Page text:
On my trip to the south, we visited a kibbutz called Ein Hashlosha which is about a mile and a half from the Gaza border. This community experiences rockets weekly, but this is an improvement. At one point, I learned, they were being attacked up to six times a day. Like the playground discussed in my last post, safe houses are within a 15-second sprint from any point where one might be standing on this kibbutz.
In May, before the school day began, the sirens went off and everyone sought shelter. The rocket happened to hit directly next to the elementary school in the community. Everyone was safe, but that might’ve not been the case had it been shot 10 minutes later when school was supposed to start.
Our tour guide told us he has four young kids. When asked what he tells his kids who have to grow up in this reality, he said he’s realistic yet hopeful with them. He tells them there is no reason to live in complete fear or stop living your life, or else Hamas – explained in my Gymboree post – wins. He also tells them that he hopes there will come a time when their days and nights won’t be interrupted by sirens and screams. Continue reading Smile Through the Fear – A Trip to the South of Israel
Being educated on the topic of the conflict in the south of Israel, I thought I knew what I was getting myself into when going for the day. Little did I know I was in for a huge, heart-wrenching surprise. The reality of the people who live in communities bordering Gaza hit me in a way I never thought it would. Continue reading The Gymboree – Israel’s Only Protected Playground
What are nerves? Continue reading Nerves
It happened again. The 22nd school shooting in our country this year. This one the most deadly since MSD. Trump sends his support. Though a kind gesture, “support” will not prevent another shooting from happening. Continue reading When Another Home Gets Hit – Santa Fe High School Shooting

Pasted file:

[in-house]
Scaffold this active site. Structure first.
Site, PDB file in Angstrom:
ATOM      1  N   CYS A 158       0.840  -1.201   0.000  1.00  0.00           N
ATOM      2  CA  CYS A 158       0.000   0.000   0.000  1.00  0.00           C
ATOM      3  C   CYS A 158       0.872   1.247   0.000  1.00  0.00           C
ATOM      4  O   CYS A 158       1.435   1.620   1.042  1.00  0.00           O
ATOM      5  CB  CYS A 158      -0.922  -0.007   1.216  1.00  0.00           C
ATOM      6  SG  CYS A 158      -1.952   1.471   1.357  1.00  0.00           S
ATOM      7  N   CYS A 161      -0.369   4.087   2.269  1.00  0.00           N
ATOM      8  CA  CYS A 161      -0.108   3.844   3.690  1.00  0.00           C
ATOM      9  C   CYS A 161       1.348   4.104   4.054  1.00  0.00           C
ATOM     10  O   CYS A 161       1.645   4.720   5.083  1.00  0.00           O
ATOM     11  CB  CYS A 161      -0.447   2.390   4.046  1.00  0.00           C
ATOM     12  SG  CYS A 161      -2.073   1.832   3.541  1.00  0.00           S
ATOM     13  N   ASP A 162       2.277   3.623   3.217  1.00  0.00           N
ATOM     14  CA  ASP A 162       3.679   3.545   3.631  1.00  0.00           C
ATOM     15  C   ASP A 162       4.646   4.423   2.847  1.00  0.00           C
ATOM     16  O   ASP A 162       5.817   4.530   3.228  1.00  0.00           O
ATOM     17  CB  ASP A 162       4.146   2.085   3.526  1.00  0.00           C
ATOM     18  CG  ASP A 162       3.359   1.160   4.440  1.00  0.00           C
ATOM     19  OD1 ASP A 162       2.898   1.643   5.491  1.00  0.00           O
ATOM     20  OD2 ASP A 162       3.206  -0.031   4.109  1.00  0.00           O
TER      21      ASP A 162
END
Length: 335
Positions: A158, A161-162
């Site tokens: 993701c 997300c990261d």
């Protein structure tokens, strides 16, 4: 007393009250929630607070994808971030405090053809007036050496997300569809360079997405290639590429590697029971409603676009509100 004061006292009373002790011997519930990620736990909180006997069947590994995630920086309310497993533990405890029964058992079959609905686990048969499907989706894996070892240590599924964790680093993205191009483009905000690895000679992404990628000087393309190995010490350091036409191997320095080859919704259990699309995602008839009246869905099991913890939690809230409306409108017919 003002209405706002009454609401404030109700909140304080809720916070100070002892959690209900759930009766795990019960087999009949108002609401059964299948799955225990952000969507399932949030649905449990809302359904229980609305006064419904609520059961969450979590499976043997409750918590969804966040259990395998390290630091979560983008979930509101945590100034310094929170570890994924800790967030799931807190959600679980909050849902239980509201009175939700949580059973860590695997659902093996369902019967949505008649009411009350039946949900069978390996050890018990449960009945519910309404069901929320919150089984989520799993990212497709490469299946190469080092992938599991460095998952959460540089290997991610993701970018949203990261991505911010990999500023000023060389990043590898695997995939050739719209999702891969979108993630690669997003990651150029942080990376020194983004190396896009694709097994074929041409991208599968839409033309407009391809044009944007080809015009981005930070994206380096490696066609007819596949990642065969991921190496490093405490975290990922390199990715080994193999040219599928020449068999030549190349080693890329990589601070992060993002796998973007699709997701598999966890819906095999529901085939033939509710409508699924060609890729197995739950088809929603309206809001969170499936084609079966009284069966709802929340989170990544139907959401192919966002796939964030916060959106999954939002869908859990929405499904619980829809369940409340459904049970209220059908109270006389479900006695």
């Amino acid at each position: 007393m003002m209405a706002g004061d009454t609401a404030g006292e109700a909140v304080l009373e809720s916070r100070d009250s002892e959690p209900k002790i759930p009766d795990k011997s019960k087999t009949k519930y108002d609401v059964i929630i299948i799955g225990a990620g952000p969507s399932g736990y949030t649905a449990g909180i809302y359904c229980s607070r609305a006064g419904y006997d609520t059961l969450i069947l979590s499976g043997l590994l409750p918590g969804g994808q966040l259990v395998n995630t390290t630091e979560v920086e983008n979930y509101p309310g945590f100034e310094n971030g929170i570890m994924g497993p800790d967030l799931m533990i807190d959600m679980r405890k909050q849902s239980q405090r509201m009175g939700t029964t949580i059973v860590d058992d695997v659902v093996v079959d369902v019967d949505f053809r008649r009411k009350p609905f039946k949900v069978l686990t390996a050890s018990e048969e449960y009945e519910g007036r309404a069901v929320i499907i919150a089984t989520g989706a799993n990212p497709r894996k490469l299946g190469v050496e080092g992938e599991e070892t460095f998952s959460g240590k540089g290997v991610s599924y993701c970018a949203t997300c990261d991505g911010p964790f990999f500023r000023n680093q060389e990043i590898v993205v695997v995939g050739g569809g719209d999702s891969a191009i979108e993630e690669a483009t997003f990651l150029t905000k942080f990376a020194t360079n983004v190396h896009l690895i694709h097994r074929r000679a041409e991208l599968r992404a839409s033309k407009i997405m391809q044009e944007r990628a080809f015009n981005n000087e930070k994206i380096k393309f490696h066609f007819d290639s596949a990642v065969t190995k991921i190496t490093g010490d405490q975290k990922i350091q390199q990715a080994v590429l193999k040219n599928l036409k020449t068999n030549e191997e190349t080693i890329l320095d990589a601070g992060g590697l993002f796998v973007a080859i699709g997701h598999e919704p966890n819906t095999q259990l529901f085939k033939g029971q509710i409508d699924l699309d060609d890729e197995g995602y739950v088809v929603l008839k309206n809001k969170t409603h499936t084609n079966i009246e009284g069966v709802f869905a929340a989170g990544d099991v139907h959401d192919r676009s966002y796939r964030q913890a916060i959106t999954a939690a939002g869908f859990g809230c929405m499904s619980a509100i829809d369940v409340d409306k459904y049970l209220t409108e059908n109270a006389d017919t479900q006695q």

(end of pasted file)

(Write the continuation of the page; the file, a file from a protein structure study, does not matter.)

Having the travel bug can be amazingly rewarding – and stressful. I’ve had the travel bug for most of my life – my family was always into travel. Since we’ve stopped our big vacations together, I find myself uneasy when stuck in one place for too long. Since coming to university, I started taking big trips on my own.
Traveling solo is a beautiful thing, but it can be difficult and anxiety-filled. Getting ready to go to Israel on my own for two months I got to thinking again on how I prepared for my past travels. Continue reading How to Prep for Travel: Packing
The “boom” of the bass blares over the entire park. Walking up to the stage, I’m full of hype, ready to dance until I can’t feel my feet anymore. It’s the final show on Peach Stage of Wanee Music Festival – a full-on camping music festival.
Warming up is Widespread Panic, a Georgia-based jam band known for sending their fans into a frenzy. The entire population of campers, hippies, and music lovers are dance-skipping to the same place. I finally wade into the crowd, a few feet from the rail when I realize the only view I’m getting of Widespread Panic is the cartoons of lead singer John Bell on the backs of spectators’ WSMFP shirts.
Even with the best intentions and the most determination, I’m still only 5’1’ at a music festival. Continue reading Festivals From a Shorty’s Perspective
What an inspiring turnout we had at the March for Our Lives – Tampa Bay. Some 15,000 people demanded change; and that’s just one march. We’re making a difference. We’re being the change.
As I marched, I took a look around. I analyzed my surroundings. The atmosphere, the people, the vibes. One thing that stuck out to me was how different everyone was. We were all different shapes, sizes, ethnicities, political parties, religions, ect., but we all came together for the same cause. For safety. For peace of mind that students who leave for school in the morning will come home that afternoon. That no one will have to wonder if they’re going to be “next” on the list of deaths caused by gun violence. Continue reading Bringing the Blizzard – March for Our Lives